Apologies to sensible accountants, but many others seem to know only the cost of everything, but the value of nothing else.

You appear to be short of the two protective slips, without which the others should never be used. I may be able to help you, if I have a look around.

Howard

11/06/2019 20:57:16

LUCKY man. Not needed daily, but vital when accuracy is needed.

My former employers , at one time were headed, not by Engineers (when strangely, the Company always did well ) but by an accountant who inspected the maintenance stores. he insisted that shelves were cleared of the boxes of brand new BSW and BSF Taps and Dies, despite protestations that they were for making parts to repair the machine tools.

Sadly, I was too late to gain from the edict given three weeks previously!

Apologies to sensible accountants, but many others seem to know only the cost of everything, but the value of nothing else.

Howard

Thread: Le Blond, 'Regal 10' lathe, circa 1942 and other machines - Help Needed
11/06/2019 20:47:08

They all look likew useful bits of kit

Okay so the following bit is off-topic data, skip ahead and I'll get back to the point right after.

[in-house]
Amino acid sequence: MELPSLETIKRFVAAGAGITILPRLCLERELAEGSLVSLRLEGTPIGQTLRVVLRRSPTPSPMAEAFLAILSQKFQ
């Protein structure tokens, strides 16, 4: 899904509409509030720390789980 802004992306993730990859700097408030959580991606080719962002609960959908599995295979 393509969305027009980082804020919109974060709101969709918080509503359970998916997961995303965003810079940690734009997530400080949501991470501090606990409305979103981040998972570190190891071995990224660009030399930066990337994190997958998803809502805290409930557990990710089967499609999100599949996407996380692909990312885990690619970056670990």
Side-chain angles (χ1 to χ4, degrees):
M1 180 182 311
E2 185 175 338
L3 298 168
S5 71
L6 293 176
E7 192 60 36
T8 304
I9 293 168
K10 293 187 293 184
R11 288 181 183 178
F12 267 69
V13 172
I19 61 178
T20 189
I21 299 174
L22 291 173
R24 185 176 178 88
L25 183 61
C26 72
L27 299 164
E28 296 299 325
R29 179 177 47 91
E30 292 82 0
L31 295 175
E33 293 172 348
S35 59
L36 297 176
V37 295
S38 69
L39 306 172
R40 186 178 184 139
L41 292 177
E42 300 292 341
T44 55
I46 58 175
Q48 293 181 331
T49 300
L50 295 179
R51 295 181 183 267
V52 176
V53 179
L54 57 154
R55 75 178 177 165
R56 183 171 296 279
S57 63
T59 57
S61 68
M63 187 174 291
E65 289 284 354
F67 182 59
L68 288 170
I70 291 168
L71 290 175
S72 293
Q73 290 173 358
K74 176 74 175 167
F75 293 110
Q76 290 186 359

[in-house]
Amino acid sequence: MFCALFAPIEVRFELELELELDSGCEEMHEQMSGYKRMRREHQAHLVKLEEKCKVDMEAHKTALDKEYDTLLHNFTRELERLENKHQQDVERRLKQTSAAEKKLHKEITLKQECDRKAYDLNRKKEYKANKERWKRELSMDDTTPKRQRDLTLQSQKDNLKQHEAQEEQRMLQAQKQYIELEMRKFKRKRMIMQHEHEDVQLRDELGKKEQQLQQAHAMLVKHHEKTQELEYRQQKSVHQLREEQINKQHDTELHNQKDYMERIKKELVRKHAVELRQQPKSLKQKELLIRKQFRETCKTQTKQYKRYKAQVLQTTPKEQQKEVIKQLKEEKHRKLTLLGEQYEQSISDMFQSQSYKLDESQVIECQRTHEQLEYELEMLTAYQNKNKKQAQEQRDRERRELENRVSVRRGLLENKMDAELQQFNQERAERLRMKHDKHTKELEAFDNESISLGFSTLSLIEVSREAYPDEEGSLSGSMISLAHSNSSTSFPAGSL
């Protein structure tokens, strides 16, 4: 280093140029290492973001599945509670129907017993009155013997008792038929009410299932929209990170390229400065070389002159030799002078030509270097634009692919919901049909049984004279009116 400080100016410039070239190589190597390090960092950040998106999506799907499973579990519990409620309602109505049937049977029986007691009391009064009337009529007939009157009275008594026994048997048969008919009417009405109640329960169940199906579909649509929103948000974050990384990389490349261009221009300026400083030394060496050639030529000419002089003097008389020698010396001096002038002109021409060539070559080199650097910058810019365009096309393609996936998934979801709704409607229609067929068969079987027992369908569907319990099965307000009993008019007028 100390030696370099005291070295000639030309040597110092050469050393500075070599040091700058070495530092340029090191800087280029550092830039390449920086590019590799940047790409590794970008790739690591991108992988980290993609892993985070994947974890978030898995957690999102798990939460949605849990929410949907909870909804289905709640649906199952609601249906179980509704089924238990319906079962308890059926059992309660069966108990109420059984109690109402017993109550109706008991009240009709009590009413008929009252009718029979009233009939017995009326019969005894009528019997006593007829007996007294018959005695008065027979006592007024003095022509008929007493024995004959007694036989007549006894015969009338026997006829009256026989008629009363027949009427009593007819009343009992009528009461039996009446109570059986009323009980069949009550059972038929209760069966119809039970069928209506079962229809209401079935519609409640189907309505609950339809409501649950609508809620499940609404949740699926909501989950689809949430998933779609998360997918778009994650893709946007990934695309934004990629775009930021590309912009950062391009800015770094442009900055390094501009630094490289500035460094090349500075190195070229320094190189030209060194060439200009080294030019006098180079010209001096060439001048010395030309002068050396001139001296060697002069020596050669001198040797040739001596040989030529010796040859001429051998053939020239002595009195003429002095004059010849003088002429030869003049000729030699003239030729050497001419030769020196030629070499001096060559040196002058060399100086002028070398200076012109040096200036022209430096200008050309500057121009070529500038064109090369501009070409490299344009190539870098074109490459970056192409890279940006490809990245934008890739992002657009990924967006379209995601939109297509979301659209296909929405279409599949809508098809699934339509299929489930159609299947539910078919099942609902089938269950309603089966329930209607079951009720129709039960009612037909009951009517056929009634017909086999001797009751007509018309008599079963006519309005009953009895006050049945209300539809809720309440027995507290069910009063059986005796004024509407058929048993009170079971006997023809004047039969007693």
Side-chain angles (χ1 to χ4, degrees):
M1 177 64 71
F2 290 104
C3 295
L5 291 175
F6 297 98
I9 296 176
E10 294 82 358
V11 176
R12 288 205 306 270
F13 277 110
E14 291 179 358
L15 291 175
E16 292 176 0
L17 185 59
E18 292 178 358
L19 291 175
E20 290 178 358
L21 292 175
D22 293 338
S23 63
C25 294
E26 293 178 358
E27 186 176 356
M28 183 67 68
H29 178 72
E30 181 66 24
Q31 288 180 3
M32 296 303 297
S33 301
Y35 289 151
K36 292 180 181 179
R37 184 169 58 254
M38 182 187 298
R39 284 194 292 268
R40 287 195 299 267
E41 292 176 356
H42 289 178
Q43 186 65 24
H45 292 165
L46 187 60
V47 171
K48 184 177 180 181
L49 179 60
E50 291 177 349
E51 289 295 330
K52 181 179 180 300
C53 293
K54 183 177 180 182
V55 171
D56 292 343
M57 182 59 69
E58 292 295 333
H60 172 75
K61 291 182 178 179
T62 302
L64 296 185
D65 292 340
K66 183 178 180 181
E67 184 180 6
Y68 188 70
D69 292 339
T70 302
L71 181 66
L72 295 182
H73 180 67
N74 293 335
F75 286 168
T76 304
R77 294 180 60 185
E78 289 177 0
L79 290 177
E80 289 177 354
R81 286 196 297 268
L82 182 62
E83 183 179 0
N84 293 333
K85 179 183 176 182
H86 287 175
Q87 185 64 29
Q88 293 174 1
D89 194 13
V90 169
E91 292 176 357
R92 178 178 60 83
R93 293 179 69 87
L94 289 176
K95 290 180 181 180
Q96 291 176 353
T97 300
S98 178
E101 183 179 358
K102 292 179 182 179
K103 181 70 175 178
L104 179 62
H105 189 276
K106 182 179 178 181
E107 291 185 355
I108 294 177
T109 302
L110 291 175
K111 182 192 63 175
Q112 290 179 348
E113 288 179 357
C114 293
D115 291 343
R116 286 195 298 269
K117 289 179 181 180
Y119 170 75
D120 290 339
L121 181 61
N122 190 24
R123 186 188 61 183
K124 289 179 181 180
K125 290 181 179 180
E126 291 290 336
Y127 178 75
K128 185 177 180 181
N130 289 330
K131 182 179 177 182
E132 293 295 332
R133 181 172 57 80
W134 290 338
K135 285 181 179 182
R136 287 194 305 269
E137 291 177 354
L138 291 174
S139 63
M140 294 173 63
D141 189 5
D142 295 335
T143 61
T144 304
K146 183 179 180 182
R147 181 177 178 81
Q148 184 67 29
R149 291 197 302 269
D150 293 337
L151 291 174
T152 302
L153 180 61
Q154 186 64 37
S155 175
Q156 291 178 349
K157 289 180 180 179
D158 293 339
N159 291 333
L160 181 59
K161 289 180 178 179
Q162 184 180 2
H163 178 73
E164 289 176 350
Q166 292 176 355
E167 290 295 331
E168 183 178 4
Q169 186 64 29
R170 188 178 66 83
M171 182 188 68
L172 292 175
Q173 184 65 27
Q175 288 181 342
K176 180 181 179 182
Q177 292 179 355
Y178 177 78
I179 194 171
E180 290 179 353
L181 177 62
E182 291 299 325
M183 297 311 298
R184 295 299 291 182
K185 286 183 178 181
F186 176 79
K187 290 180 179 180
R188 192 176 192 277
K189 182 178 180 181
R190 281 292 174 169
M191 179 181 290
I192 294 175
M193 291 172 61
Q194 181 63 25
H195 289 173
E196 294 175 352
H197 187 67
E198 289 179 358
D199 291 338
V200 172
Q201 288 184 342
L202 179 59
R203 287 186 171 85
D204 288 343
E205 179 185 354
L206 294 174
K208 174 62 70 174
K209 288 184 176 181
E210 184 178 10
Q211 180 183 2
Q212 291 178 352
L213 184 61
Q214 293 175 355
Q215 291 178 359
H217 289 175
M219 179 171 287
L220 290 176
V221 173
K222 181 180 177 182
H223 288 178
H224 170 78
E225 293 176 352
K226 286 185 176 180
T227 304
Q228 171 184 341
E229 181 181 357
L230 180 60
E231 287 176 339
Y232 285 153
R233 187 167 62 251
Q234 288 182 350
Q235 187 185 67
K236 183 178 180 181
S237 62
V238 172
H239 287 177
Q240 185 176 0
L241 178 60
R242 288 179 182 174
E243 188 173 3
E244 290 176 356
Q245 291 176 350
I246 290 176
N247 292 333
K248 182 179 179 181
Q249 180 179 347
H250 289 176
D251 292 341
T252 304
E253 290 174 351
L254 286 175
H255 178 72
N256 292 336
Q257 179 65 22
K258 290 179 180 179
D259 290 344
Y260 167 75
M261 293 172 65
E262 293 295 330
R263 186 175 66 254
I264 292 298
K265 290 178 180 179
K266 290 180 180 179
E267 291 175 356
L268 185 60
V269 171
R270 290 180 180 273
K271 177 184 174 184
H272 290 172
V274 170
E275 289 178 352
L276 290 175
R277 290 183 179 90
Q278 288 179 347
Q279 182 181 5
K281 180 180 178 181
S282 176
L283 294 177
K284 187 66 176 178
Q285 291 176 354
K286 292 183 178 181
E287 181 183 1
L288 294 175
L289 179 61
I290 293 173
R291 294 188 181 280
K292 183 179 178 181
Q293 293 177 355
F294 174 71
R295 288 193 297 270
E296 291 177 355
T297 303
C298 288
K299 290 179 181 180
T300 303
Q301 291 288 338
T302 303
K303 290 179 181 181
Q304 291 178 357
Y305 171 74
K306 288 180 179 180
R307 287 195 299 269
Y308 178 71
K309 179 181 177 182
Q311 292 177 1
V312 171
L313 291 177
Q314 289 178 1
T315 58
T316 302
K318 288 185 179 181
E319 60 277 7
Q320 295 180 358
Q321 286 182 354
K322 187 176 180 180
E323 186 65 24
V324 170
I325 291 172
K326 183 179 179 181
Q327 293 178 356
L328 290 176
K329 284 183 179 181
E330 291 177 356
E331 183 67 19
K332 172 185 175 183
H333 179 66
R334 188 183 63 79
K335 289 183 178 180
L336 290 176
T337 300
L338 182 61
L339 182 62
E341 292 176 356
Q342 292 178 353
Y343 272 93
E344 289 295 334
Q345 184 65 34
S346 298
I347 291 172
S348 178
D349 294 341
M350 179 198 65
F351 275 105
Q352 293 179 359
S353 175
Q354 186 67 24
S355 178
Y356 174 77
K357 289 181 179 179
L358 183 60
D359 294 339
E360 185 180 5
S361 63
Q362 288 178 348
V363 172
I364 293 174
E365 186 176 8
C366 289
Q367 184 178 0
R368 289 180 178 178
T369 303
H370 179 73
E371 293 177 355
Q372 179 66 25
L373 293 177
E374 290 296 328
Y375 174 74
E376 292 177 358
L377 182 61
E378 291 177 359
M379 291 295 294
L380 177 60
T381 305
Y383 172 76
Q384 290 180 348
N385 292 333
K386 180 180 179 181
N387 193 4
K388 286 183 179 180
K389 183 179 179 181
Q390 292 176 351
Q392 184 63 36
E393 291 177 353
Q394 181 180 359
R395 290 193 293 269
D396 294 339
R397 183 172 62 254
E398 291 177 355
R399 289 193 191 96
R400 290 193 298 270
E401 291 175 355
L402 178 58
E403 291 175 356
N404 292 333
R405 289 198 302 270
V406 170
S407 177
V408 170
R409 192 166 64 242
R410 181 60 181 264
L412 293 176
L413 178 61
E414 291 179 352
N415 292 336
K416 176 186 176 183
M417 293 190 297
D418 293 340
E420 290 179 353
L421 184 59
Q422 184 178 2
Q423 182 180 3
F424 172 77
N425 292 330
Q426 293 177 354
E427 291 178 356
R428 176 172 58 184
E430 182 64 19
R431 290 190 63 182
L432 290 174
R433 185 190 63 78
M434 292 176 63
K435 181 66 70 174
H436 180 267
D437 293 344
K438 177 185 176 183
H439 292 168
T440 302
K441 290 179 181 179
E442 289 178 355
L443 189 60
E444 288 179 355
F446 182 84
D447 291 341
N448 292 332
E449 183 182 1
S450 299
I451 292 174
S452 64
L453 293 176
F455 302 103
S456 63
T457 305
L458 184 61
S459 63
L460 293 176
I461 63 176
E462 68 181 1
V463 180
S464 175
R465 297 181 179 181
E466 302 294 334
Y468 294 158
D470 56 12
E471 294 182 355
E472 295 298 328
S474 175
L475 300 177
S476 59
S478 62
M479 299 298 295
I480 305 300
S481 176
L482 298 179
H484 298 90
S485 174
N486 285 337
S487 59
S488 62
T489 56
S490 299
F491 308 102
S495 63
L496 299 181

As I understand it, Le Blond was a good quality machine.

Hopefully, you can find someone near you, with a crane to move the machines..

FWIW, when lifting the machines, sling bthe drill from the head, using the table and lower column to keep the C of G low down.

Ditto for the Mill, if possible.

For the lathe, hopefully there will be a sling long enough to pass under the Headstock and Tailstock ends, making sure that the sling cannot slip Keep it clear of the Leadscrew and power shaft, so that they do not get bent!

If you have to sling around the bed, the Tailstock, Steady and Apron are use ways to adjust bhe C of G to balance the lathe and keep it level. Beware of trying to lift and move unwieldy and weighty machines, by hand.. They are liable to fall over and damage themselves and you part way through the process; usually when negotiating a doorway or steps.

Good luck! You have basis of a good workshop there. Do find a M E Club and join.

Howard.